15

Windham Capital Management is using hidden markov models for their Risk Regime Strategies. Mark Kritzman, who is also CEO, has published an article about the general outline of the strategy (with source code so you can replicate the results!): Regime Shifts: Implications for Dynamic Strategies (corrected August 2012) by M. Kritzman, S. Page, D. Turkington]...


12

Sniffing (or stalking) algo indeed detects other algorithms. How does that work in practice? Imagine the order book for a particular equity is: Bid 1 = 99 (size 10,000), Bid 2 = 98 (size 25,000), Bid 3 = 97 (size 30,000), Offer 1 = 101 (size 10,000), Offer 2 = 102 (size 25,000), Offer 3 = 103 (size 30,000). So in the example above, the bids and offers are ...


11

I found this solid overview of different trading algorithms by Deutsche Bank Research: Trade execution algorithms Designed to minimise the price impact of executing trades of large volumes by ‘shredding’ orders into smaller parcels and slowly releasing these into the market. Strategy implementation algorithms Designed to read real-time market data and ...


11

In January 2020, Matteo Aquilina, Eric Budish, and Peter O’Neill from Britain's Financial Conduct Authority published this study, illustrating how "low latency" market participants can make money off of others. I suggest you read it, because it's very clearly written for the general public, and explains how markets work. I will first oversimplify ...


11

Is there a typical "half-life" of a strategy? This is a really subjective question, and I don't think any singular answer will generalize well. That being said, I will give some examples from personal experience. I have made hundreds of trading models in my career. I have only deployed 9 into live trading in the last ~25 years. Of those 9, 2 of ...


8

You would definitely have some advantage. High Frequency Trading is all about speed and the fastest traders wins. Oftentimes, winner takes all. The blog Sniper in Mahwah & friends digs into the state of the art of inter-exchange communication. The current state of art for reliable broadband connections are microwave dishes between major trading hubs such ...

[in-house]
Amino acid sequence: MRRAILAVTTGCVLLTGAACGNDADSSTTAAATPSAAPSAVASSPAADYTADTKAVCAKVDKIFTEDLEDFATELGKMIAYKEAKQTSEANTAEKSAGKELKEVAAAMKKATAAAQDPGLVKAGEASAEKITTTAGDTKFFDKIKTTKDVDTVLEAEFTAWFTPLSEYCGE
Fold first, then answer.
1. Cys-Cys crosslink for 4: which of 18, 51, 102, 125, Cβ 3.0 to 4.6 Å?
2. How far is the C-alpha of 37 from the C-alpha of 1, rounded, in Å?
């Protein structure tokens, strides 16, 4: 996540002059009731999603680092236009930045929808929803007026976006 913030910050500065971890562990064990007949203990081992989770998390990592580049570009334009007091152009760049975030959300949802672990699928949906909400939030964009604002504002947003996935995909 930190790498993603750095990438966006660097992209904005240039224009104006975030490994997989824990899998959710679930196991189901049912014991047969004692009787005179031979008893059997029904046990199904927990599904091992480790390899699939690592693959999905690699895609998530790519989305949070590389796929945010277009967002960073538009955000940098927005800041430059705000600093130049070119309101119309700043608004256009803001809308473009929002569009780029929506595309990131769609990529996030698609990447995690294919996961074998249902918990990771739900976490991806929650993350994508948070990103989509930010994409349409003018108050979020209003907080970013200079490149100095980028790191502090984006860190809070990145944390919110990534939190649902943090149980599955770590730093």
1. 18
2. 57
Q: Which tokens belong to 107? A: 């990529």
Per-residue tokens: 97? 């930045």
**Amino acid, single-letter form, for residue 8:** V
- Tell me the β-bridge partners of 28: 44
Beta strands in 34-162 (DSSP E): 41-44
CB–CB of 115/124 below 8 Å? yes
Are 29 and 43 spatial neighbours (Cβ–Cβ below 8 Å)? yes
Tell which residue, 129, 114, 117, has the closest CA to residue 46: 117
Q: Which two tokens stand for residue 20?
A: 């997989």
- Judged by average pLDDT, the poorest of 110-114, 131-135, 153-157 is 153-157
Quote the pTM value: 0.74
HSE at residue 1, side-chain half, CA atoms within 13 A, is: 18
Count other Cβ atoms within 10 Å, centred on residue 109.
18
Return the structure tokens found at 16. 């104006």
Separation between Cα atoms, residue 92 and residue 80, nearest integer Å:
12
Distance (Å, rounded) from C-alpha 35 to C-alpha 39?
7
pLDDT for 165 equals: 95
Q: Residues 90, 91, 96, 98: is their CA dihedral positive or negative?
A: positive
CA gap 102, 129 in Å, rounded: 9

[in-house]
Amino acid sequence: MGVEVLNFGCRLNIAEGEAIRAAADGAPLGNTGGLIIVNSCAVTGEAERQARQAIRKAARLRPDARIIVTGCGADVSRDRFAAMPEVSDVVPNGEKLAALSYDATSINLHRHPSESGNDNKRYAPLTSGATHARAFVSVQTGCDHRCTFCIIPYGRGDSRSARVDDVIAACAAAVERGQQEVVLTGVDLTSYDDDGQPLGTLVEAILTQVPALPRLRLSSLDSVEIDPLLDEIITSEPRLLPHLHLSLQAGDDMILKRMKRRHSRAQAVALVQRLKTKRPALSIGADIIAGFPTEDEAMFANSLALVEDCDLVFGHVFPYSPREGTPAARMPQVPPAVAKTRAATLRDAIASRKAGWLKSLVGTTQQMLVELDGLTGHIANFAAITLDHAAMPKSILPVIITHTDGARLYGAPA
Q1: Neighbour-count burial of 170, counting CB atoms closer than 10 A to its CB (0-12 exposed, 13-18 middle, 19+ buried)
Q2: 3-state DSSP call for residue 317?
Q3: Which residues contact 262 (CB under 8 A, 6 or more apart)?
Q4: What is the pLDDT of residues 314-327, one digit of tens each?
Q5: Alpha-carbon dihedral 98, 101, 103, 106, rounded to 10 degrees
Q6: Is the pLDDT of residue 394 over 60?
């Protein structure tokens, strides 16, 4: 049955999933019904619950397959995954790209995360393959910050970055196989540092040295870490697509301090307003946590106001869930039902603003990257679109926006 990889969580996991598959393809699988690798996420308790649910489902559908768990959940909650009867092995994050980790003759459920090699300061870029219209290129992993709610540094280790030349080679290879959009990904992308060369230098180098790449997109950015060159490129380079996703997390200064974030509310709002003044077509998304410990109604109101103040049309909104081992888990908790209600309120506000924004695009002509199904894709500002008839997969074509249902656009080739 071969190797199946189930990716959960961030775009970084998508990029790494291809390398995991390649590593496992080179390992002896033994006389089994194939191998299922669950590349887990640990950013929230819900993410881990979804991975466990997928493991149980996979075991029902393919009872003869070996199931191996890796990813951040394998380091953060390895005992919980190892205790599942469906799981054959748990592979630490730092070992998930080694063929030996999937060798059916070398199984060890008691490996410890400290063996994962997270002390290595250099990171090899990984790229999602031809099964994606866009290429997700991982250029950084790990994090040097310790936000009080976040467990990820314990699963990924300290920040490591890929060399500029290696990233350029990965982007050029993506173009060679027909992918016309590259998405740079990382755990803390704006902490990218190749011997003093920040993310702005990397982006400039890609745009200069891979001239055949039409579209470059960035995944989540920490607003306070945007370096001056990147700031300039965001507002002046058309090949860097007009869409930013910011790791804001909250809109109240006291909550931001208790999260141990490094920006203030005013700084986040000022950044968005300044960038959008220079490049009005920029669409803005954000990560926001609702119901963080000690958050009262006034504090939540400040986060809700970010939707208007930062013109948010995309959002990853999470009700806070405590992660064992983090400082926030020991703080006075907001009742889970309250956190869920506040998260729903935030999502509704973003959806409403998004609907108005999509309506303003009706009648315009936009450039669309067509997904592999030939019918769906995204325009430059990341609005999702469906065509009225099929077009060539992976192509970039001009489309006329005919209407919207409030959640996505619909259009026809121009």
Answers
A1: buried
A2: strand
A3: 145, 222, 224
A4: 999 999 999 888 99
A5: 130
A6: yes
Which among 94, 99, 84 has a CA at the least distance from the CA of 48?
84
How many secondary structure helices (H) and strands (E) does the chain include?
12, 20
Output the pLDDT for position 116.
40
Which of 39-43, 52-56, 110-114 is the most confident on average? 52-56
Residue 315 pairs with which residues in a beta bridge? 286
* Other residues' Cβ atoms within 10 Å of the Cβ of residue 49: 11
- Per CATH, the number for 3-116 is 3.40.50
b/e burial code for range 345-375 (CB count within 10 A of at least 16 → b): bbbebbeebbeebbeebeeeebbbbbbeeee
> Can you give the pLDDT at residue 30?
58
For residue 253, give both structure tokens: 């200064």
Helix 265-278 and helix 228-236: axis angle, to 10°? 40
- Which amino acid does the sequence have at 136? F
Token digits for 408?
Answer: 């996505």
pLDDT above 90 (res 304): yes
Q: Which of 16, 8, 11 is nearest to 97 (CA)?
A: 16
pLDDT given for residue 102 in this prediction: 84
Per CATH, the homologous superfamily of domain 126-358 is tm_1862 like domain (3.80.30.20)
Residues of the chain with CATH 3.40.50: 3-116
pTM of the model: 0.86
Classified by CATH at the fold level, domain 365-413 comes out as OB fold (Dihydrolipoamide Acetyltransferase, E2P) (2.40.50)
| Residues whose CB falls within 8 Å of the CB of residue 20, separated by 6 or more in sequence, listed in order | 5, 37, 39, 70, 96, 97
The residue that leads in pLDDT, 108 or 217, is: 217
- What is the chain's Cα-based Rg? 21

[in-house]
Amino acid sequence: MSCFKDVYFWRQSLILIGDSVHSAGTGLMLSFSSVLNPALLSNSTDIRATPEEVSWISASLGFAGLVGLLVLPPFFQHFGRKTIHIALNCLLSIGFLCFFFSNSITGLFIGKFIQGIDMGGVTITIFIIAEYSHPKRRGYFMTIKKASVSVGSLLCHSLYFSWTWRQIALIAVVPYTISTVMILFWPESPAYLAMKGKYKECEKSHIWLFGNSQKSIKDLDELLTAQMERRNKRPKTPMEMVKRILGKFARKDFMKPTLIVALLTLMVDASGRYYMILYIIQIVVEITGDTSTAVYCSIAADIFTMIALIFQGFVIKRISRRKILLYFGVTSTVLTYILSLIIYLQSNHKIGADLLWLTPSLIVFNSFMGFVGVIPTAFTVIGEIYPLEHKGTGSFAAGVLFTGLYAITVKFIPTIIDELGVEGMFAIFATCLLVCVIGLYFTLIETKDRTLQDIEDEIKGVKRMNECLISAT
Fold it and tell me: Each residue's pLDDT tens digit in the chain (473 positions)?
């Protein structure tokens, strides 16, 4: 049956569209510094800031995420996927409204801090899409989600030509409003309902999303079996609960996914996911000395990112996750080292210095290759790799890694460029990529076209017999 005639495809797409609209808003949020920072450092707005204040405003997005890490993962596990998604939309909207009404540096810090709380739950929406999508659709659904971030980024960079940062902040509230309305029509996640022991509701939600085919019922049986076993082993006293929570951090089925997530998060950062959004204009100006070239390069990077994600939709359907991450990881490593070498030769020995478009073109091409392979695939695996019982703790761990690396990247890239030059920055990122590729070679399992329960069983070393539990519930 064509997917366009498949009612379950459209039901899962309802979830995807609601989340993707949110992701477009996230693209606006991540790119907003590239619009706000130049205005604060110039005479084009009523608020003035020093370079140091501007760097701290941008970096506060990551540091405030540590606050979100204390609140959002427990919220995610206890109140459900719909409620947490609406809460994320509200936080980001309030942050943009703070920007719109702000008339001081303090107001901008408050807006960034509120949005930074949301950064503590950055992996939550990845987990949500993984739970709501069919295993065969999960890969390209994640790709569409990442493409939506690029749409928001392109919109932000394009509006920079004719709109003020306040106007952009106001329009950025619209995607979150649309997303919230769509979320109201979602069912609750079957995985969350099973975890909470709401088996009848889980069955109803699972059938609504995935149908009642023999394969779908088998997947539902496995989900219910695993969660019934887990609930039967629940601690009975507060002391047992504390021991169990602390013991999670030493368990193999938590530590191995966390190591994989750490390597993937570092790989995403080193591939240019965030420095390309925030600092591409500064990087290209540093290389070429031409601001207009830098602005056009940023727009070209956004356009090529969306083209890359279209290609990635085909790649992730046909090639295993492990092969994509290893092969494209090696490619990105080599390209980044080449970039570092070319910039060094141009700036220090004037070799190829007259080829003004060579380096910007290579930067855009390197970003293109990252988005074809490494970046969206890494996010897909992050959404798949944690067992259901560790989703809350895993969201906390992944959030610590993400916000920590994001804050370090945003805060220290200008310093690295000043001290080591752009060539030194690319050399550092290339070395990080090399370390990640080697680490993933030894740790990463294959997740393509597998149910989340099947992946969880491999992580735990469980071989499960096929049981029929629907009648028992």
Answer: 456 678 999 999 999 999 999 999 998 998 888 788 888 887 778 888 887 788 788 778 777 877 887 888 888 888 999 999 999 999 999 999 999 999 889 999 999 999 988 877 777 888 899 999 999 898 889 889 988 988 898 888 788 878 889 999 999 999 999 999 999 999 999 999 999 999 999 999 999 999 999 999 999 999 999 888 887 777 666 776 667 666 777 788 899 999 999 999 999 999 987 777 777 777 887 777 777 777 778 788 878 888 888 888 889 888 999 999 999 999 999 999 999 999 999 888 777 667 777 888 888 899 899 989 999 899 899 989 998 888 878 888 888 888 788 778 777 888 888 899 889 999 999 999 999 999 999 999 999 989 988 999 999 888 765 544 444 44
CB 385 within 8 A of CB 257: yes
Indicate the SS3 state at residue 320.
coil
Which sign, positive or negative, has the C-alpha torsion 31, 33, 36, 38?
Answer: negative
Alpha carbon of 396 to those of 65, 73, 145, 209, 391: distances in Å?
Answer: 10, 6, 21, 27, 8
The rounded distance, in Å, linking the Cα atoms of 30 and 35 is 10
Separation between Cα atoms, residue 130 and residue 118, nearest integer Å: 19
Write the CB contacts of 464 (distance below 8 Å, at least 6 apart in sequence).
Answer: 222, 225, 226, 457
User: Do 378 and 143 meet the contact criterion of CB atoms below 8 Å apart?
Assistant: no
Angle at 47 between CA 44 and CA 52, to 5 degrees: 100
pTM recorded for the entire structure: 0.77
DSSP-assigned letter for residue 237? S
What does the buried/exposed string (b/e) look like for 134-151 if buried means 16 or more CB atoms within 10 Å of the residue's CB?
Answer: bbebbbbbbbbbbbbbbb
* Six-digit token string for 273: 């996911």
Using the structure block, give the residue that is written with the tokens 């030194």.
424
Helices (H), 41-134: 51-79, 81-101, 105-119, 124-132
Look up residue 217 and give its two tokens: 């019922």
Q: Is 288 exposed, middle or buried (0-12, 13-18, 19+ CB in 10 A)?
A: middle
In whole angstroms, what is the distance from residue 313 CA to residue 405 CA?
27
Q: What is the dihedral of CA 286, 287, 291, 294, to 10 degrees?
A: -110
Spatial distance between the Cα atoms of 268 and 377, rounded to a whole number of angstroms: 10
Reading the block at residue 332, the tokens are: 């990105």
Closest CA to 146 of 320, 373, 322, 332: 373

7

The most commonly-known approach to this is described in Inferring trade direction from intraday data (1991) by Lee and Ready. You will find that the non-trivial part has to do with classifying trades that are reported inside the spread. I believe you will find that the Lee-Ready algorithm will outperform the naive midpoint reference approach suggested by @...


7

If I was in your position I would start to research how I can create a web server is C++ and expose calls to create a REST service. In other words, can you make your code status output to HTTP? From there, the rest should be easy. You would just need to create a GUI that can access REST services, which virtually all modern languages can. You could focus on ...


6

I ended up developing my own financial news API (real-time and historical) covering All newswires and press releases of all US listed companies (PR Newswire, Globenewswire, BusinessWire, etc) Journals (Wall Street Journal, Bloomberg, Reuters, etc.) All SEC filings (10Q/10K, 8K, 4, etc) + SEC press releases (e.g. SEC charges a company with fraud) ...


6

To be honest you're not likely to get a very satisfying answer to your question. Not because its a bad question, but because "regular people" can't just go hooking their home grown trading systems up to a live market. I'd like to start automating my trading strategies. First off you'll need a system that can interface with your broker. If you're not a ...